As I go for a quick workout at the rec center; just another evening; I notice this time it’s light outside. I can see around me as I pull into the lot. It wasn’t the cold, dark, street-lit route to the gym, dimly-lit parking lot surrounded by darkness, and head-down-brisk-walk-to-the-front-door that it was all winter. It’s like my eyes are slowly opening to the world around me, for the first time in a long time.
Hooray for Daylight Saving Time.
Tonight there are pretty pink and white blooms on planned suburban rows of toddler trees. Tonight my blinders are off and I see the big park in back of the rec center, that was always there, when I look a little to the right.
It’s where I used to play softball on my work team for years. Kade came with me, of course, as he was only eight years old when I started my eight-year career at Archstone. On a lucky-for-him night he played with other kids who came with their parents. But most of the time he played catch with Mom, and tossed a football or wrestled around with the guys I worked with: sweet big boys at heart. I don’t remember him complaining about coming along in my single mom years to softball, volleyball, or even book club, when he was little, anyway.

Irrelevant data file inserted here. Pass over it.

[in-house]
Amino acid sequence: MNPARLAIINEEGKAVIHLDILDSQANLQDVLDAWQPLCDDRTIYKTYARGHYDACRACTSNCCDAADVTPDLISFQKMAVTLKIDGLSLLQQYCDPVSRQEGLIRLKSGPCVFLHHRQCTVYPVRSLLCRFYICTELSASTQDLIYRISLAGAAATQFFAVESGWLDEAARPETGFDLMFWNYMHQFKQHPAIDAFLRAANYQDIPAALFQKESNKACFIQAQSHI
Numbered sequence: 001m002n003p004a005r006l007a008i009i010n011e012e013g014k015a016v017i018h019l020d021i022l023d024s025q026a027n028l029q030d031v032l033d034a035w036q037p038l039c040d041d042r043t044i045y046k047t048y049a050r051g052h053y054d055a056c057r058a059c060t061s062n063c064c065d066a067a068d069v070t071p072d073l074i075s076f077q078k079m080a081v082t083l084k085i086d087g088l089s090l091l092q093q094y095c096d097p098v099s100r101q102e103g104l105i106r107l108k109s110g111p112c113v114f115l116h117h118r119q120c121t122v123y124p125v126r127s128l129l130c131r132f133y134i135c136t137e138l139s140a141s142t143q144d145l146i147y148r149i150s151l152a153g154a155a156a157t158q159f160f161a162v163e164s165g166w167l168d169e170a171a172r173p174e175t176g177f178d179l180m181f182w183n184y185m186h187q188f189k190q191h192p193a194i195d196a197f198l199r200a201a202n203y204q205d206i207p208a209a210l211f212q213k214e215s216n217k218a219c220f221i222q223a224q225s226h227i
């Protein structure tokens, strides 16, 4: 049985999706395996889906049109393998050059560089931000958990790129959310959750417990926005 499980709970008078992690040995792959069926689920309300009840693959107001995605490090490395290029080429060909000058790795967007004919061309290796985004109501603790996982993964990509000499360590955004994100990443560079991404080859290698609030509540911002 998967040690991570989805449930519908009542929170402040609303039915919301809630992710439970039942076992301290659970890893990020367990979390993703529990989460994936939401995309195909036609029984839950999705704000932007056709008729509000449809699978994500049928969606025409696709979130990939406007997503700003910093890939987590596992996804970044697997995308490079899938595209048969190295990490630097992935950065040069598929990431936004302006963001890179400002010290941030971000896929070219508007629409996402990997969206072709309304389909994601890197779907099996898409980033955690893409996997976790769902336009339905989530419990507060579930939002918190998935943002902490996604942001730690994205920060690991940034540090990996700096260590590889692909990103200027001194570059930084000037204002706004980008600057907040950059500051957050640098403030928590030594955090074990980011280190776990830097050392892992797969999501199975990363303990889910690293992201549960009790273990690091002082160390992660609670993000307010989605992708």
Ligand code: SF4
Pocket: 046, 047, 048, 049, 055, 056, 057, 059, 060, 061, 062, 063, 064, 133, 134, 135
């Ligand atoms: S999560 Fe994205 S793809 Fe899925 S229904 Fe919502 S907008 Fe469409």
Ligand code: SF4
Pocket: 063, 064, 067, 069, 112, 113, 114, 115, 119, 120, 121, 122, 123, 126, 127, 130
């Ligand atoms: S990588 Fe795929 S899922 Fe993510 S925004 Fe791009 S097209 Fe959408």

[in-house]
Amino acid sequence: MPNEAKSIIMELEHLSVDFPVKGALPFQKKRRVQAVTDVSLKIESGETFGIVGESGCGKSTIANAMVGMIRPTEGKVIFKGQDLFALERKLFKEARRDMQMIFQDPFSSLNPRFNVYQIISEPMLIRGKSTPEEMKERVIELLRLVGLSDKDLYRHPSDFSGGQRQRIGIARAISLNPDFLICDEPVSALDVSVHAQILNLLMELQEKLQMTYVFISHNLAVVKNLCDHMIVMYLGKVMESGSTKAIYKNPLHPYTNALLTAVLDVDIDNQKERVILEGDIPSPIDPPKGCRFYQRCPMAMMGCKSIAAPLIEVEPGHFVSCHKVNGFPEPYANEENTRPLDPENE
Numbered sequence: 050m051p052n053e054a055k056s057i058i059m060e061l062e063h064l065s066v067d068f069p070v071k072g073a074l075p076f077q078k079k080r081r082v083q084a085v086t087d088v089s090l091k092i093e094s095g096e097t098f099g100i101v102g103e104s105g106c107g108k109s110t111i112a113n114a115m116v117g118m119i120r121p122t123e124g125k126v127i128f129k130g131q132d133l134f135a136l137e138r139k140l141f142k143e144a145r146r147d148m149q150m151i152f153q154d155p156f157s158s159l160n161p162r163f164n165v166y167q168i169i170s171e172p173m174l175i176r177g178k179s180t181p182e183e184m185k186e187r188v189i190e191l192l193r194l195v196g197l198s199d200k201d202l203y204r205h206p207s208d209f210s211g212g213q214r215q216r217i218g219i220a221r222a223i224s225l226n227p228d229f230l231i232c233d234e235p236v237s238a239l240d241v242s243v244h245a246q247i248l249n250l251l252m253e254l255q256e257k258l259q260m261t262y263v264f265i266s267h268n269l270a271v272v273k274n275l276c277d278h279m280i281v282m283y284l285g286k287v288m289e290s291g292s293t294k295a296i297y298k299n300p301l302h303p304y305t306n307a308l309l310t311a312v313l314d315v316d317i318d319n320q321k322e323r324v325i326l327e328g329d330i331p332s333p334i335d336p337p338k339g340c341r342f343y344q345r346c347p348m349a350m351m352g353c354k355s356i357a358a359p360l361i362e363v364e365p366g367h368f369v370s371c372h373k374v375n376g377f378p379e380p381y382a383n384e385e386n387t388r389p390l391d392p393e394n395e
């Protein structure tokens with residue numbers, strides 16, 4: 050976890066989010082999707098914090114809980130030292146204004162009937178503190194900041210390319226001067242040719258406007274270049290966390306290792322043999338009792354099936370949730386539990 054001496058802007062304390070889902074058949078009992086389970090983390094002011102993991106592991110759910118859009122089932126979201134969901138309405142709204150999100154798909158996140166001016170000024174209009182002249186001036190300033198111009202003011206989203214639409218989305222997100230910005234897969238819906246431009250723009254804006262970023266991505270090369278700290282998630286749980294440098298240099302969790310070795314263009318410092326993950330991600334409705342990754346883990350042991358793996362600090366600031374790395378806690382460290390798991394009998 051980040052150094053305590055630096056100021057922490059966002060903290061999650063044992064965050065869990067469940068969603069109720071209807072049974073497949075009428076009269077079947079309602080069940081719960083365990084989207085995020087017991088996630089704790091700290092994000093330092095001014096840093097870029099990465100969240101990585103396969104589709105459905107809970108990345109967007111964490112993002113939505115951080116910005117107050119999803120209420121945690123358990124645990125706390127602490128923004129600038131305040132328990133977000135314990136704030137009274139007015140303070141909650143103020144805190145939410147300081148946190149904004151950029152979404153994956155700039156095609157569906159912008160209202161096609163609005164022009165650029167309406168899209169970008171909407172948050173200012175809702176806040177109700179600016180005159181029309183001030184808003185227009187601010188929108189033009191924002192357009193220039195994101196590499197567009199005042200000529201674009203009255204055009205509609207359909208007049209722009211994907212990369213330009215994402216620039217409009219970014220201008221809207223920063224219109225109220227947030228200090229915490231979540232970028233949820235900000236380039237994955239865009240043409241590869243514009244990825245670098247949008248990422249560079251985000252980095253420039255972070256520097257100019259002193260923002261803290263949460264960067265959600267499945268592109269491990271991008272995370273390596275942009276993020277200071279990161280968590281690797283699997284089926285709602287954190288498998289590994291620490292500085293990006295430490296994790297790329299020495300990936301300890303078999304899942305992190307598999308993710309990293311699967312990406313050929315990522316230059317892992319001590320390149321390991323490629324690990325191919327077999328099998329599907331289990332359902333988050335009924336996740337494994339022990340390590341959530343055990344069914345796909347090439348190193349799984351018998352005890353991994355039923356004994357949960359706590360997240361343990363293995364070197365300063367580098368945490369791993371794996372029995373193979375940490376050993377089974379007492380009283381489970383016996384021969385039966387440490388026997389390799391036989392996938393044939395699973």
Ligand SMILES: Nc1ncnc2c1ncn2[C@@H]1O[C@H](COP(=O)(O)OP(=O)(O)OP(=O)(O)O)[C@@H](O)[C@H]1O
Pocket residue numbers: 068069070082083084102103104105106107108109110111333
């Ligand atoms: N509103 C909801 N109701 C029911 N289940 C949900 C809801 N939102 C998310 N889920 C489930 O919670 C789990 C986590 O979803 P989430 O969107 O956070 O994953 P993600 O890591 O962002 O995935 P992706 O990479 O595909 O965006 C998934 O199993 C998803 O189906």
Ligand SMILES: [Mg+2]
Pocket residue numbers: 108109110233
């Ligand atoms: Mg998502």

And if I look out even farther, I see another diamond, where he played baseball. I see him taking a huge swing, flashing “RIEFENBERG” across his back. I see his little white baseball pants and dusty black cleats. Big round helmet on a small body. Me hoping to hear the tink of metal bat connecting with ball, and when I did, yelling wildly.
Hooray for Daylight Saving Time?
This is what happens when I look a little to the right. When the blinders come off. Sometimes it’s nice to journey and arrive in the dark. To just get the task done, whether it’s a drive, a workout, an errand, or whatever. Quick and painless. But tonight I can’t stop my eyes from looking a little to the right. And it’s neither quick nor painless.
I not only see the fields from the parking lot with the teeniest of glances to the right, but tonight, from inside the gym as well. It’s still light out. With each short lap, through the floor to ceiling windows, I see the park in the pink light of the setting sun. When I look a little to the right.